We are pleased to announce the publication of the 2019 Acute Therapies findings. The project covers; Physiotherapy (Pt), Dietetics (Dt), Speech and Language Therapy (SaLT) and Occupational Therapy (OT) services for adults. All 2019 participating organisations have now received their bespoke report. The online toolkit for this year’s benchmarking project is now available to access via the members’ area, and a high level report highlighting key issues nationally will be available later in October.
Providing comprehensive data and insight into the delivery of Therapy services, the Network’s 2019 project received data from over 250 submissions from 70 NHS organisations across England and Wales. The NHS Benchmarking Network Acute Therapies project is open to all NHS organisations that provide any of the AHP services covered by the project (Physiotherapy, Occupational Therapy, Dietetics, and Speech & Language Therapy) in acute settings. As there is excellent geographical coverage across England and Wales in this year’s project, it is possible to provide meaningful benchmarking comparisons against a critical mass of participants and draw robust conclusions about the national picture.
The Network’s Acute Therapies project supports the AHPs into Action agenda, with key areas covered in the project. Stakeholders for the project include NHS England, NHS Improvement, the Royal College of Speech & Language Therapists and AGILE (Chartered Society of Physiotherapy).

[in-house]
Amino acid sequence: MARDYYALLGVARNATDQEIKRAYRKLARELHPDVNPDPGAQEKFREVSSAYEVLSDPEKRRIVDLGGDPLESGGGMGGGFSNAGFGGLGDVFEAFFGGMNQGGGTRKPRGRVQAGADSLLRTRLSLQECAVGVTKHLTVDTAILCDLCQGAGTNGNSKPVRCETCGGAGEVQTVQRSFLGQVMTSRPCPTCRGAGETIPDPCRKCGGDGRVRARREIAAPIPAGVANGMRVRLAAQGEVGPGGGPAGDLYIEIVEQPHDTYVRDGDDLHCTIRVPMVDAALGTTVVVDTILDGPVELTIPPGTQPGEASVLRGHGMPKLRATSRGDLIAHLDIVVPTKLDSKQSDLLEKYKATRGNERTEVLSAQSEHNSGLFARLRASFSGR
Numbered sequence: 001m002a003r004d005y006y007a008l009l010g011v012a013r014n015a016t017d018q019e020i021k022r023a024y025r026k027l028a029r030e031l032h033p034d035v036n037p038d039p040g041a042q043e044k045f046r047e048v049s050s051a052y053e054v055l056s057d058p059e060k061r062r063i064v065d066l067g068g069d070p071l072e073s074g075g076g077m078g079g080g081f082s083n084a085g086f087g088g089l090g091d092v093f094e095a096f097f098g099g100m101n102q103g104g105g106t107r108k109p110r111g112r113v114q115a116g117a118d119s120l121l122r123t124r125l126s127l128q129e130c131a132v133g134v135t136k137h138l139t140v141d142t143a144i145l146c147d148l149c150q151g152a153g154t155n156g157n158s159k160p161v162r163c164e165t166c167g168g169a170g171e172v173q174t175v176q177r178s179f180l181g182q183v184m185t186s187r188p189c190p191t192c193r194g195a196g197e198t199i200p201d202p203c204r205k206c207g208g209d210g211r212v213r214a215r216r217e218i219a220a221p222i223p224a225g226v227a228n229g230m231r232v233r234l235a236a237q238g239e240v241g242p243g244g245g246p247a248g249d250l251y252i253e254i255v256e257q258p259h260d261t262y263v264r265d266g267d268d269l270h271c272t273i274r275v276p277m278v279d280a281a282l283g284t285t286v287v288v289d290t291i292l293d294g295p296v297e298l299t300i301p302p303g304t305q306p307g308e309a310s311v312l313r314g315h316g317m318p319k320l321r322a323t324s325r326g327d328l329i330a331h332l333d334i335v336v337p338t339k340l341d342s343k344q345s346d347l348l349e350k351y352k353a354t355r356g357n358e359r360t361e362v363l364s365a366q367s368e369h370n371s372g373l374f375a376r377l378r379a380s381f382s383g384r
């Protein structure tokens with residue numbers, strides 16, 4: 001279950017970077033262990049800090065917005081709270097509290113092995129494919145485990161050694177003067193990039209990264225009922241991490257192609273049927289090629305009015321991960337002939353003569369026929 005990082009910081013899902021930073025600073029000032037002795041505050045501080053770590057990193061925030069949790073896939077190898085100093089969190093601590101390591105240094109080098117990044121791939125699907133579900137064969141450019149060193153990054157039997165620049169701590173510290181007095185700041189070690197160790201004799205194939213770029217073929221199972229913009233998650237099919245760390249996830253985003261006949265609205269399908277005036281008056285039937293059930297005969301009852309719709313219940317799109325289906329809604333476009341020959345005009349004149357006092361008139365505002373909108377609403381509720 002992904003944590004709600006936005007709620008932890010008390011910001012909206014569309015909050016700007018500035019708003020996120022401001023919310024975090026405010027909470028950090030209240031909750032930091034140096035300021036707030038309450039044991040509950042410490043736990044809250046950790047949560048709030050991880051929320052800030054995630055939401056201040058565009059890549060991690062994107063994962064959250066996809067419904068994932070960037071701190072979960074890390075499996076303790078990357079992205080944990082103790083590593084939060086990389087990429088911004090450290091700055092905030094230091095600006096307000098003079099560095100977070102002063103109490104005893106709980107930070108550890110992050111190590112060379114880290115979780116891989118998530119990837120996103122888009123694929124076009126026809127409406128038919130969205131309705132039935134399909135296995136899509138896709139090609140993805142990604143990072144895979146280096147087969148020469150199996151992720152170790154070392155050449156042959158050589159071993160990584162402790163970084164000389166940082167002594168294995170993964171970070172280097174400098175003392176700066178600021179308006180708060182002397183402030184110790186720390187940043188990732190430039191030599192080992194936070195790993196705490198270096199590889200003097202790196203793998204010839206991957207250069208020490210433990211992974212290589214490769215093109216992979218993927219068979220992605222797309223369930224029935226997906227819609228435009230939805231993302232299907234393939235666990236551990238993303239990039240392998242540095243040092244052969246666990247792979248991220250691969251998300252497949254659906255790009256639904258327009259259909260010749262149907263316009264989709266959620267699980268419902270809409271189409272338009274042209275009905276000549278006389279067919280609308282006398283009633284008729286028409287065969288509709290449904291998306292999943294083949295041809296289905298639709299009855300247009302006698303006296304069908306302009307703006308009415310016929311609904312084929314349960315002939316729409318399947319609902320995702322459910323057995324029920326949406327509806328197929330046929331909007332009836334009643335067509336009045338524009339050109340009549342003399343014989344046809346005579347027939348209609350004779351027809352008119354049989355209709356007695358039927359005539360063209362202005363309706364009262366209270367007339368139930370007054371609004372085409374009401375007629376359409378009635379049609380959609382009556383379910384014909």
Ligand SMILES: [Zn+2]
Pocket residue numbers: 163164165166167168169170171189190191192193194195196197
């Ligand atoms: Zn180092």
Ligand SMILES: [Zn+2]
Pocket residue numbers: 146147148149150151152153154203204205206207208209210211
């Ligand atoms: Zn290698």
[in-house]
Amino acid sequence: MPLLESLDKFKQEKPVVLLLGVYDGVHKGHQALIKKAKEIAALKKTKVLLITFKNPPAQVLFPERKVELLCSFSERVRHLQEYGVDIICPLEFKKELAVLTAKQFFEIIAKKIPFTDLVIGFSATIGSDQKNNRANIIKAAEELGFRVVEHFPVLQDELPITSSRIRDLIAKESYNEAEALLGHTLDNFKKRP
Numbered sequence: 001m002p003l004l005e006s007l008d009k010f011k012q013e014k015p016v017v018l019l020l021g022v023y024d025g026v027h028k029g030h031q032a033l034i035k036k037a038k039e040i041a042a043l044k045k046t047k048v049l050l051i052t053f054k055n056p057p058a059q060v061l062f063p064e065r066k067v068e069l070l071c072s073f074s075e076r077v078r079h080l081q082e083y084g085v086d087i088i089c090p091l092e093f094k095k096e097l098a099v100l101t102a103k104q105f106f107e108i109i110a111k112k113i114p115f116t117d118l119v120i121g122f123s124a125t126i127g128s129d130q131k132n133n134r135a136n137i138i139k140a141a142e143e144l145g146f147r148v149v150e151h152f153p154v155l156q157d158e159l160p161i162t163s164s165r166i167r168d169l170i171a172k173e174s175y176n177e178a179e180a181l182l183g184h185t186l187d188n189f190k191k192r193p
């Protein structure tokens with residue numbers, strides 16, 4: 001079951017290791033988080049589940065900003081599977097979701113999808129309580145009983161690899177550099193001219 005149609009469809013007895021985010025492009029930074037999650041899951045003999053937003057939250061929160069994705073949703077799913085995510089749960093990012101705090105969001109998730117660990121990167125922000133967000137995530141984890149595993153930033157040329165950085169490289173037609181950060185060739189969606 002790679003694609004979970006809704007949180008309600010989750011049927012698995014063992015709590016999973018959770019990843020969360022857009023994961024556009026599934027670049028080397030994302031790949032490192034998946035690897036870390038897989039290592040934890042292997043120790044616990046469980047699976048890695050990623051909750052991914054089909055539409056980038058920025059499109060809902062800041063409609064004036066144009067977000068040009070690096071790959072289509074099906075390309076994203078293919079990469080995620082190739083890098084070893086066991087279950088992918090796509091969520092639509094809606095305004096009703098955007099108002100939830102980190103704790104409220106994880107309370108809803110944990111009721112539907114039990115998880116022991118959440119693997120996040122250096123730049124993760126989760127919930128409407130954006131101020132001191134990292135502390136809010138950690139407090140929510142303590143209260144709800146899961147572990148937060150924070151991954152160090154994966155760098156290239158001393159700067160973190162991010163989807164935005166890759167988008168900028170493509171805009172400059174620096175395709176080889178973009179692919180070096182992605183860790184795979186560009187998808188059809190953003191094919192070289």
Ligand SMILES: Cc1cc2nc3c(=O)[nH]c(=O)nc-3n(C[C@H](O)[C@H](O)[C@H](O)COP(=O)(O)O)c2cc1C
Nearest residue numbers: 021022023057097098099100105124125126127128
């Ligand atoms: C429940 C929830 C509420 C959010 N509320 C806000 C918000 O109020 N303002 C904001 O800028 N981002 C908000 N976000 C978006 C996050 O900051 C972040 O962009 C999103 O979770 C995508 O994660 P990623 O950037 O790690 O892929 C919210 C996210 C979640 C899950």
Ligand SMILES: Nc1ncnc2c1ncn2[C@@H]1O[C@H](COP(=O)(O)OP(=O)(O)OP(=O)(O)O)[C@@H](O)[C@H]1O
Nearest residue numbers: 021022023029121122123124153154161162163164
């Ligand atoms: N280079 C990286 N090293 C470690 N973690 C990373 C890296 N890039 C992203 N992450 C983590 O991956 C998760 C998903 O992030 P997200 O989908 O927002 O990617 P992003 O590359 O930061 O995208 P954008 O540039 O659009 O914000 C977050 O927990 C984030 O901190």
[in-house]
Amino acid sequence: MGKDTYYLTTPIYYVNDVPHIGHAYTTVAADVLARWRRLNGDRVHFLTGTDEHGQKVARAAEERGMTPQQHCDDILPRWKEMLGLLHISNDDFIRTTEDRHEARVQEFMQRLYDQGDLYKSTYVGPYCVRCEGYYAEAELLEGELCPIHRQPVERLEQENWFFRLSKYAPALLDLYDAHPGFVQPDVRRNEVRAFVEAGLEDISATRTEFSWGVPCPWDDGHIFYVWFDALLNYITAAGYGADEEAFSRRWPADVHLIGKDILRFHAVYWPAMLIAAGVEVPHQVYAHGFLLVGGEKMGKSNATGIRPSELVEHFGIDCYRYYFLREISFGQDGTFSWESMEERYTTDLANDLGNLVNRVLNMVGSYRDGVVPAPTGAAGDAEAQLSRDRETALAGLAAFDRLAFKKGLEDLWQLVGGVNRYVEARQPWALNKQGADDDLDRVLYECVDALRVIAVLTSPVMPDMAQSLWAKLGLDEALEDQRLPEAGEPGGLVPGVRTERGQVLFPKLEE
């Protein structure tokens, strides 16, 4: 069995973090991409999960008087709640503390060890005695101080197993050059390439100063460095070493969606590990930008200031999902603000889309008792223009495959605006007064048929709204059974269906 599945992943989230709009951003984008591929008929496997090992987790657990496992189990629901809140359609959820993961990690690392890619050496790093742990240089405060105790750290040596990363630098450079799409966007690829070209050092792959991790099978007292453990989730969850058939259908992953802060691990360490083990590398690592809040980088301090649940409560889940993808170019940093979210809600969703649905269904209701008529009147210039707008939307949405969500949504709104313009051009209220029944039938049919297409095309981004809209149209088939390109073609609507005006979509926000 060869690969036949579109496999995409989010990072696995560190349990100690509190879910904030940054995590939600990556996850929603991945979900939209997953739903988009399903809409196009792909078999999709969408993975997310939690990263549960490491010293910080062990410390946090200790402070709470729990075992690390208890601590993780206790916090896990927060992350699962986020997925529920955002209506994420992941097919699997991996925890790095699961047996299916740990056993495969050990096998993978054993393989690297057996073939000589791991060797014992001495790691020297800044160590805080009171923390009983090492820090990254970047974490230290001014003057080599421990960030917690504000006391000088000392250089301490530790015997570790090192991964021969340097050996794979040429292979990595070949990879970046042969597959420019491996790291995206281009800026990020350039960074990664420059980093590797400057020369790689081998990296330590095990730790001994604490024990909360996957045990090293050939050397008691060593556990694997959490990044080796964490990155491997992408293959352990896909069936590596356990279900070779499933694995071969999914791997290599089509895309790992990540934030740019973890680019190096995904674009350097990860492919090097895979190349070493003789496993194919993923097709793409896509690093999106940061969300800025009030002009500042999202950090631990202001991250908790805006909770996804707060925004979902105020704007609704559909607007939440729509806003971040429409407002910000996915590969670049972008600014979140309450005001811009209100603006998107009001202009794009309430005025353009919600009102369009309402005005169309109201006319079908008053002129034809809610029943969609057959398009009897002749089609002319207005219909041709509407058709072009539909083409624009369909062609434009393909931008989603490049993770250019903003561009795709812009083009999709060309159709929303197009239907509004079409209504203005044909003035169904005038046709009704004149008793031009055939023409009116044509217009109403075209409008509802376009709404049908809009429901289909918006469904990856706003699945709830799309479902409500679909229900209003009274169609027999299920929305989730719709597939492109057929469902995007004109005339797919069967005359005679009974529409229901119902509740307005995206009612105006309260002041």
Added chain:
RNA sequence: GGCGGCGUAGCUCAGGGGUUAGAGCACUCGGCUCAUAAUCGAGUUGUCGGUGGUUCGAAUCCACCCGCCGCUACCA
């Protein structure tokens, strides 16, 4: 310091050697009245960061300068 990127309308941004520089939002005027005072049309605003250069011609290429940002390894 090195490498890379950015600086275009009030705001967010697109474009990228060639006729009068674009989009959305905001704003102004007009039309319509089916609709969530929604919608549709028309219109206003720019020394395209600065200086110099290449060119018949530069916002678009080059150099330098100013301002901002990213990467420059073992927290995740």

Key findings from the 2019 project include:
Given the digital agenda for the NHS, it is notable that approximately half of AHP data systems are currently not inter-operable with other healthcare systems.
All disciplines are collecting more clinical outcomes than in 2017. This is a key focus area of AHPs into Action.
There has been a commitment for the NHS to move towards routine services being available 7 days a week, driven by the aim of reducing variation in outcomes for patients admitted at weekends. The mean number of staff on shift on a Saturday for SaLT is 2% that of a weekday, 1% for Dt, 13% for OT and 20% for Pt.
The average waiting time to see an AHP therapist for an outpatient appointment has remained fairly steady for Dt (43 days) and Pt (31 days), and reduced for SaLT (37 days from 42 in 2017) and for OT (17 days from 22 in 2017).
The percentage of patients seen within 4 weeks has increased for OT, Dt and Pt, however, has decreased for SaLT.
Further findings from this year’s project will be presented at today’s National Findings and Good Practice Conference, taking place in London. Follow the event using #NHSBNTherapies.
The Network would like to thank all participants for their contribution to the project over the years. If you have any questions about the project, please contact Chris McAuley (Project Manager) or Alex Ng (Assistant Project Manager).